Posts filed under ‘General Tips’

Improving concentration

Query received from student:
I have my board exams in March 2009 and I seem to have trouble concentrating. Could you please give me some tips to improve my concentration?
Vineet (NOIDA)

Reply from our FutureMap counsillor:
Dear Vineet,
Thanks for sharing your concern with us. No matter if studying biology or playing chess, is to focus on the task at hand and eliminate distraction is the key rule for concentration. First of all arrange your study place. Get a dedicated space, chair, table, lighting and environment, avoid phones if possible. Stick to your study schedule and find out your prime time. Prime time means the best time (day/night) for you to study at a stretch. Before you begin studying, take a few minutes to summarize a few objectives-what exactly is the task you wish to finish, gather what you will need, and think of a general strategy of accomplishment. Create an incentive if necessary for successfully completing a task, such as calling a friend, a food treat, a walk, etc. Change the subjects you are studying every one to two hours for variety. Alternate reading with more active learning exercises. Do something different from what you’ve been doing (e.g., walk around if you’ve been sitting), and in a different area. When you notice your thoughts wandering astray, say to yourself, “Be here now” and gently bring your attention back.

Advertisements

February 24, 2009 at 6:07 am 2 comments

Archaeologist

Question received from student:
What is an Archeologist? How can I become an Archeologist? Please tell me about the job prospects.

Reply from our FutureMap counsellor:
Dear Anita,
An Archeologist studies past human life and culture by closely examining remaining material evidence such as sites, buildings, tools and artifacts. It is a multidisciplinary science which draws help from geography, history, anthropology, chemistry, geology, art and literature. It is also regarded as one of the four branches of Anthropology, which is the study of the physical and social characteristics of humanity. Archaeological studies or inputs are considered important in issues such as environmental conservation, urban societies, town planning etc. These discoveries involve a variety of field techniques and laboratory procedures.
Archaeology is offered at post graduate level. You can do Diploma, Postgraduate Diploma or Post graduation (MA/ M.Sc.) in different fields of Archaeology. Duration of these courses may vary from 1 year to 2 years. Admission to the two year Post Graduate Diploma course at the Institute of Archaeology, the academic wing of the Archaeological Survey of India in New Delhi is one of the best options. Many Universities also offer this course. At a higher level, you can also conduct research on the various branches of Archaeology; can do Ph. D after your post graduation.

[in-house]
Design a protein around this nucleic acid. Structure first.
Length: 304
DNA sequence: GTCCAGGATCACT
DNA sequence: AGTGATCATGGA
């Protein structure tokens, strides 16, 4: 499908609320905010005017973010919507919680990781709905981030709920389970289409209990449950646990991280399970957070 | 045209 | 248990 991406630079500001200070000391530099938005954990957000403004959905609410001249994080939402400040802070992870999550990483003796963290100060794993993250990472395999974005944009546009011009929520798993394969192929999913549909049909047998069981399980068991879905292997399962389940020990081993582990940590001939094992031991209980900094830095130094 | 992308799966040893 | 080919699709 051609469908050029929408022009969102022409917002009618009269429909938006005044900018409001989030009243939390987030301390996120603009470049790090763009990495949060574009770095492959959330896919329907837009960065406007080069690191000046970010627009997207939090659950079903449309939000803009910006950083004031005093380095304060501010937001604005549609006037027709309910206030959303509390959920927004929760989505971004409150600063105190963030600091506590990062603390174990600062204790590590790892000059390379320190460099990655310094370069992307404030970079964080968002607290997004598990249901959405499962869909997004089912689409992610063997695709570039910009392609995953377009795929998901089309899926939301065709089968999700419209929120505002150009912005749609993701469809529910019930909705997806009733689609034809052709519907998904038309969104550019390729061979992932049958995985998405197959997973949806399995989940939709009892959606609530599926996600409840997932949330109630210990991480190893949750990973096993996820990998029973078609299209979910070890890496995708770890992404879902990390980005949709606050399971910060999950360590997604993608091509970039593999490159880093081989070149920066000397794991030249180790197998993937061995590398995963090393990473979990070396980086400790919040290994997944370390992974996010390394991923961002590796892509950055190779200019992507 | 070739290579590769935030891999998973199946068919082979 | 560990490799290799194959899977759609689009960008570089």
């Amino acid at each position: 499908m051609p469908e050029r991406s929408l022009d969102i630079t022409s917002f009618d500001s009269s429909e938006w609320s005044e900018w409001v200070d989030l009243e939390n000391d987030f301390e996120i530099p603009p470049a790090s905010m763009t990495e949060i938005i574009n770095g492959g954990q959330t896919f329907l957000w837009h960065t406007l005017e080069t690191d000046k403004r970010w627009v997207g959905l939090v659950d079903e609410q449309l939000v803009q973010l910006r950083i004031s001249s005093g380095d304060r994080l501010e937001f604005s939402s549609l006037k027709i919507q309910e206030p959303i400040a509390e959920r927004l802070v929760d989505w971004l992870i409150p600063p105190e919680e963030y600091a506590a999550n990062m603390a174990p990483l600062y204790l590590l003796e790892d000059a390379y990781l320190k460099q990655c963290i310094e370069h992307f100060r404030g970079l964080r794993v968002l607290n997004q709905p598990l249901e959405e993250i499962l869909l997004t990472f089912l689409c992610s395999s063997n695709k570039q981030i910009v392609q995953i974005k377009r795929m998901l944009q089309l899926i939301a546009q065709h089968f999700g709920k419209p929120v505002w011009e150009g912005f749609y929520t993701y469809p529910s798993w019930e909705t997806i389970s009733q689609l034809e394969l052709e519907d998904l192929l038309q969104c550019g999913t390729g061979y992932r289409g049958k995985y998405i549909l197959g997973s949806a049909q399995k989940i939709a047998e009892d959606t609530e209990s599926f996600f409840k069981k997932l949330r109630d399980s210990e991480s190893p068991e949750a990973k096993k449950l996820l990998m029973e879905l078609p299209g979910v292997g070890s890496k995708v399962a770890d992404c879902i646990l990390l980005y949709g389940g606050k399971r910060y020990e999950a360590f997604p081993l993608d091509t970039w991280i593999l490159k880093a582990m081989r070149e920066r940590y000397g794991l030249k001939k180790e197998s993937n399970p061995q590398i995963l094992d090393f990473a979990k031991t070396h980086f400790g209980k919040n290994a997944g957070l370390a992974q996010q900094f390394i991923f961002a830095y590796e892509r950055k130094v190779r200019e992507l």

Archeologists are employed in Defense services, museums, Ministry of Information and Broadcasting, cultural centers and historical division of the Ministry of External Affairs. A degree holder in Archaeology can work as tourist guides, heritage managers, interpreters, resource persons of trip organizers in the tourism industry etc.

February 3, 2009 at 9:43 am Leave a comment

Higher education from diffrent stream

The following query was received from a student:
I am a student of class XII Science, but I think I might like to switch to Economics or Political Science for my higher education.
 
Can you please tell me about some good career options that one can look at after doing graduation in Political Science or Eco? I am looking at careers, which will encourage me to make good use of what I learn in anyone of these fields.
Jaspreet (Chandigarh)

Reply by our FutureMap counsellor:
Dear Jaspreet,
For a satisfying and fulfilling career, it is important that you develop goals and plans based on your interests, values, education, skills, personality type, and lifestyle preferences.

Once you have a plan, you can manage your career to take advantage of changes in the job market, rather than become a victim of change. A good plan will allow you to fine tune and make adjustments in your career as needed. Think through why you are switching science.

However to study economics in college the first step is to get good percentage at you +2 level so that you are in the good college, remember peer group and environment do matter to certain extent.
A programme in Economics opens career options in government agencies, business firms, non-profit organizations, and academic institutions. Some of the graduates even enter the accountancy profession and some find employment as managers and administrators in areas such as market research, advertising, sales and personnel.